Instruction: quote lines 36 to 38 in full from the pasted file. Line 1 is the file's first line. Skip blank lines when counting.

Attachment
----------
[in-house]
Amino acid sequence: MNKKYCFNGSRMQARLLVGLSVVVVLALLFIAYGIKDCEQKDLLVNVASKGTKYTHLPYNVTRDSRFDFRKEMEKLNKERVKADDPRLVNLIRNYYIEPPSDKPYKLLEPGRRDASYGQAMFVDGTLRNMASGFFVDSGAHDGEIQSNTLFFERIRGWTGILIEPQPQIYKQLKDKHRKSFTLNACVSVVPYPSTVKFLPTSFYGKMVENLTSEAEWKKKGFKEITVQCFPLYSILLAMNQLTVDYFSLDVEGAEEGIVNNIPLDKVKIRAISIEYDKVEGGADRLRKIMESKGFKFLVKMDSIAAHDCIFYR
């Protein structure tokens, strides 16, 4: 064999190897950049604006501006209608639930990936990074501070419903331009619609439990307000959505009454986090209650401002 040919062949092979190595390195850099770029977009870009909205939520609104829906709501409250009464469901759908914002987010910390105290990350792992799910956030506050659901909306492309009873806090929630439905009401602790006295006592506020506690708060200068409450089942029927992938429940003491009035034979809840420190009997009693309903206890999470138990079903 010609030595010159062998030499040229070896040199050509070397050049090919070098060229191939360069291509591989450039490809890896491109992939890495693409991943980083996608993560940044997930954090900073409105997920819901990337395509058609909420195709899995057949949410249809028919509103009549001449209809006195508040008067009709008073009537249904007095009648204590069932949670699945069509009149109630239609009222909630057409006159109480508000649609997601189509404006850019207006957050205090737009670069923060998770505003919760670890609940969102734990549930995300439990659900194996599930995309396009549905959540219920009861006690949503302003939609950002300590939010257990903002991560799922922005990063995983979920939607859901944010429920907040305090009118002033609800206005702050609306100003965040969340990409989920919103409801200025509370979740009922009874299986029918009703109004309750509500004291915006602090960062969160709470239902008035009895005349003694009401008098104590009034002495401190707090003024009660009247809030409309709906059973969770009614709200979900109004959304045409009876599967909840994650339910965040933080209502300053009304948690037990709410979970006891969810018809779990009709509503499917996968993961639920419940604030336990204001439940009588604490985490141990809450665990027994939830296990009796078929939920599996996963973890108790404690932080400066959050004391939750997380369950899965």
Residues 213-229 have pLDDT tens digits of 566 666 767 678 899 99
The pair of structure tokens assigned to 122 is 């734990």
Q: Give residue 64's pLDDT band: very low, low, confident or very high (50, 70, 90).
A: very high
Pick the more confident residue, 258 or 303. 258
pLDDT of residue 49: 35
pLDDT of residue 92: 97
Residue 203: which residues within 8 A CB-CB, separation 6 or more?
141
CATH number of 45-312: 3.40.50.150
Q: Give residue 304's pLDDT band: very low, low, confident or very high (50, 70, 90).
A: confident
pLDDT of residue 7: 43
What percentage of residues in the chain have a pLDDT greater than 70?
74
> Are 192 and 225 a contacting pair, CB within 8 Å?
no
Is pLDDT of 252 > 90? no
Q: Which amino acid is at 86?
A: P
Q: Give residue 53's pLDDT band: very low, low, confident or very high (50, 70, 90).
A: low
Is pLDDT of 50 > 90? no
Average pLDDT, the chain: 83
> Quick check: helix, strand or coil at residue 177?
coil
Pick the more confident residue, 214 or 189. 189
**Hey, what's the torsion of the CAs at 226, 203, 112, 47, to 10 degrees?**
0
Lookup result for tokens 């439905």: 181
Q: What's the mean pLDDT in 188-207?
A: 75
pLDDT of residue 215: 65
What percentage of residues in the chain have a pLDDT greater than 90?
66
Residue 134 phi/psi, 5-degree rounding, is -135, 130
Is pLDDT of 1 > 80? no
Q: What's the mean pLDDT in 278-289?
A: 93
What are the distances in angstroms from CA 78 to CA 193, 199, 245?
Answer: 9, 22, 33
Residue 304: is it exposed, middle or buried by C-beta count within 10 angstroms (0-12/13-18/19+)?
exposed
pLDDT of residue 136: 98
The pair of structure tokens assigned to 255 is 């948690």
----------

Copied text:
pLDDT of residue 215: 65
What percentage of residues in the chain have a pLDDT greater than 90?
66